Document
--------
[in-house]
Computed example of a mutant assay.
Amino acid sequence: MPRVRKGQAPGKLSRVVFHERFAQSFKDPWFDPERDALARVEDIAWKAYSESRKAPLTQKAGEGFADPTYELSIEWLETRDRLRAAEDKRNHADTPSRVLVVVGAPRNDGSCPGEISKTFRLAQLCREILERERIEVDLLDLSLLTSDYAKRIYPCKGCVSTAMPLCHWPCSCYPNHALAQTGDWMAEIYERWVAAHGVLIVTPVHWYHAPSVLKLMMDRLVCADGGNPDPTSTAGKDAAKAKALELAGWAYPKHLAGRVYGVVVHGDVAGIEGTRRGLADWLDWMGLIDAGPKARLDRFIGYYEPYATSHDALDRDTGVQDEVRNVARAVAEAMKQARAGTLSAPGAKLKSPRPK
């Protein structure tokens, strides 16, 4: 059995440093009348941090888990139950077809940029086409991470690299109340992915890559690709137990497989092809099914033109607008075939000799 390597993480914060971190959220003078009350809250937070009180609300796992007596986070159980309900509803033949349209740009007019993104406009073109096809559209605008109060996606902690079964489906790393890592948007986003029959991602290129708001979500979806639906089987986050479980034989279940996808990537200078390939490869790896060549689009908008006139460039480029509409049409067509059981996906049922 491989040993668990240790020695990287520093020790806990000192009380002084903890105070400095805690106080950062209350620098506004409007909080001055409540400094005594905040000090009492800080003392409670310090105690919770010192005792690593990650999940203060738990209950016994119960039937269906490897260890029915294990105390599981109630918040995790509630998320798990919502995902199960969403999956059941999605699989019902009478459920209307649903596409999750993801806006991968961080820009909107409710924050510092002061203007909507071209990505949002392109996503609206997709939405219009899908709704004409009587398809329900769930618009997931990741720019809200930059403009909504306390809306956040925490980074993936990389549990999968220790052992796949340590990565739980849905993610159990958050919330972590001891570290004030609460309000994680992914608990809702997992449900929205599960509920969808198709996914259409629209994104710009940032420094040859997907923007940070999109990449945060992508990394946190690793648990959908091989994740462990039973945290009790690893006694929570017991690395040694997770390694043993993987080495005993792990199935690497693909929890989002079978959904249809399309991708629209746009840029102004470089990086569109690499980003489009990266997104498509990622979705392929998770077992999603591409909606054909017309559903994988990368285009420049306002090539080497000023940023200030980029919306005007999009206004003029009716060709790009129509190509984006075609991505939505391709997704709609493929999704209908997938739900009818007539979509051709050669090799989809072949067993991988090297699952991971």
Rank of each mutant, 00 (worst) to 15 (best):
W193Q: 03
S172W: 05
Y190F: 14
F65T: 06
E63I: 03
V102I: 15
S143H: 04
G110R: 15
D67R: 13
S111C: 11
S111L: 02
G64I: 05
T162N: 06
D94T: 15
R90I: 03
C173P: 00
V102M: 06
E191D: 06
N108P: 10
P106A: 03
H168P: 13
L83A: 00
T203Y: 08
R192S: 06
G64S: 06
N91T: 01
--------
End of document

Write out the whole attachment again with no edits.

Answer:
[in-house]
Computed example of a mutant assay.
Amino acid sequence: MPRVRKGQAPGKLSRVVFHERFAQSFKDPWFDPERDALARVEDIAWKAYSESRKAPLTQKAGEGFADPTYELSIEWLETRDRLRAAEDKRNHADTPSRVLVVVGAPRNDGSCPGEISKTFRLAQLCREILERERIEVDLLDLSLLTSDYAKRIYPCKGCVSTAMPLCHWPCSCYPNHALAQTGDWMAEIYERWVAAHGVLIVTPVHWYHAPSVLKLMMDRLVCADGGNPDPTSTAGKDAAKAKALELAGWAYPKHLAGRVYGVVVHGDVAGIEGTRRGLADWLDWMGLIDAGPKARLDRFIGYYEPYATSHDALDRDTGVQDEVRNVARAVAEAMKQARAGTLSAPGAKLKSPRPK
């Protein structure tokens, strides 16, 4: 059995440093009348941090888990139950077809940029086409991470690299109340992915890559690709137990497989092809099914033109607008075939000799 390597993480914060971190959220003078009350809250937070009180609300796992007596986070159980309900509803033949349209740009007019993104406009073109096809559209605008109060996606902690079964489906790393890592948007986003029959991602290129708001979500979806639906089987986050479980034989279940996808990537200078390939490869790896060549689009908008006139460039480029509409049409067509059981996906049922 491989040993668990240790020695990287520093020790806990000192009380002084903890105070400095805690106080950062209350620098506004409007909080001055409540400094005594905040000090009492800080003392409670310090105690919770010192005792690593990650999940203060738990209950016994119960039937269906490897260890029915294990105390599981109630918040995790509630998320798990919502995902199960969403999956059941999605699989019902009478459920209307649903596409999750993801806006991968961080820009909107409710924050510092002061203007909507071209990505949002392109996503609206997709939405219009899908709704004409009587398809329900769930618009997931990741720019809200930059403009909504306390809306956040925490980074993936990389549990999968220790052992796949340590990565739980849905993610159990958050919330972590001891570290004030609460309000994680992914608990809702997992449900929205599960509920969808198709996914259409629209994104710009940032420094040859997907923007940070999109990449945060992508990394946190690793648990959908091989994740462990039973945290009790690893006694929570017991690395040694997770390694043993993987080495005993792990199935690497693909929890989002079978959904249809399309991708629209746009840029102004470089990086569109690499980003489009990266997104498509990622979705392929998770077992999603591409909606054909017309559903994988990368285009420049306002090539080497000023940023200030980029919306005007999009206004003029009716060709790009129509190509984006075609991505939505391709997704709609493929999704209908997938739900009818007539979509051709050669090799989809072949067993991988090297699952991971």
Rank of each mutant, 00 (worst) to 15 (best):
W193Q: 03
S172W: 05
Y190F: 14
F65T: 06
E63I: 03
V102I: 15
S143H: 04
G110R: 15
D67R: 13
S111C: 11
S111L: 02
G64I: 05
T162N: 06
D94T: 15
R90I: 03
C173P: 00
V102M: 06
E191D: 06
N108P: 10
P106A: 03
H168P: 13
L83A: 00
T203Y: 08
R192S: 06
G64S: 06
N91T: 01